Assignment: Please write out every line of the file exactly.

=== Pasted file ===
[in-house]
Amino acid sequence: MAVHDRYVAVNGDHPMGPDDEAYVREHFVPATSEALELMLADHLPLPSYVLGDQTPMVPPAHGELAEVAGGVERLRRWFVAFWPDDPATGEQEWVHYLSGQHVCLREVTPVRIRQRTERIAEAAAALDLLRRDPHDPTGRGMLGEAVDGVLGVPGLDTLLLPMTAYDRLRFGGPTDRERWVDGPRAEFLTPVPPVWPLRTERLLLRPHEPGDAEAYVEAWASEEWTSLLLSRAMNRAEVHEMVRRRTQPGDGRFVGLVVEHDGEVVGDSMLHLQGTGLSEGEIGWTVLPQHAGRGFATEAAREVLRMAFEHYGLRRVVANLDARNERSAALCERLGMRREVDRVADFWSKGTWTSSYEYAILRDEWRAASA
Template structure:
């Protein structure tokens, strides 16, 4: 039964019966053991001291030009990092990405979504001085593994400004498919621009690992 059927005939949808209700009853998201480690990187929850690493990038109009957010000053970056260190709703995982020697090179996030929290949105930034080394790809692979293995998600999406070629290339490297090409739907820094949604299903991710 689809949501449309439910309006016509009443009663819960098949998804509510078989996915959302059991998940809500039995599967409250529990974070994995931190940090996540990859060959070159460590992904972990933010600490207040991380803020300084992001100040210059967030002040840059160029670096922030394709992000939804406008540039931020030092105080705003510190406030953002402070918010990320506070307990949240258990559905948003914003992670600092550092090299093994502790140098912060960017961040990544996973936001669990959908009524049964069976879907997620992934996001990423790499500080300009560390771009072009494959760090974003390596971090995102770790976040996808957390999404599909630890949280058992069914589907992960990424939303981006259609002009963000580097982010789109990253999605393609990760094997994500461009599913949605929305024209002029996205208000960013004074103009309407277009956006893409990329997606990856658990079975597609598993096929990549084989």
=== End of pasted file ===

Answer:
[in-house]
Amino acid sequence: MAVHDRYVAVNGDHPMGPDDEAYVREHFVPATSEALELMLADHLPLPSYVLGDQTPMVPPAHGELAEVAGGVERLRRWFVAFWPDDPATGEQEWVHYLSGQHVCLREVTPVRIRQRTERIAEAAAALDLLRRDPHDPTGRGMLGEAVDGVLGVPGLDTLLLPMTAYDRLRFGGPTDRERWVDGPRAEFLTPVPPVWPLRTERLLLRPHEPGDAEAYVEAWASEEWTSLLLSRAMNRAEVHEMVRRRTQPGDGRFVGLVVEHDGEVVGDSMLHLQGTGLSEGEIGWTVLPQHAGRGFATEAAREVLRMAFEHYGLRRVVANLDARNERSAALCERLGMRREVDRVADFWSKGTWTSSYEYAILRDEWRAASA
Template structure:
């Protein structure tokens, strides 16, 4: 039964019966053991001291030009990092990405979504001085593994400004498919621009690992 059927005939949808209700009853998201480690990187929850690493990038109009957010000053970056260190709703995982020697090179996030929290949105930034080394790809692979293995998600999406070629290339490297090409739907820094949604299903991710 689809949501449309439910309006016509009443009663819960098949998804509510078989996915959302059991998940809500039995599967409250529990974070994995931190940090996540990859060959070159460590992904972990933010600490207040991380803020300084992001100040210059967030002040840059160029670096922030394709992000939804406008540039931020030092105080705003510190406030953002402070918010990320506070307990949240258990559905948003914003992670600092550092090299093994502790140098912060960017961040990544996973936001669990959908009524049964069976879907997620992934996001990423790499500080300009560390771009072009494959760090974003390596971090995102770790976040996808957390999404599909630890949280058992069914589907992960990424939303981006259609002009963000580097982010789109990253999605393609990760094997994500461009599913949605929305024209002029996205208000960013004074103009309407277009956006893409990329997606990856658990079975597609598993096929990549084989």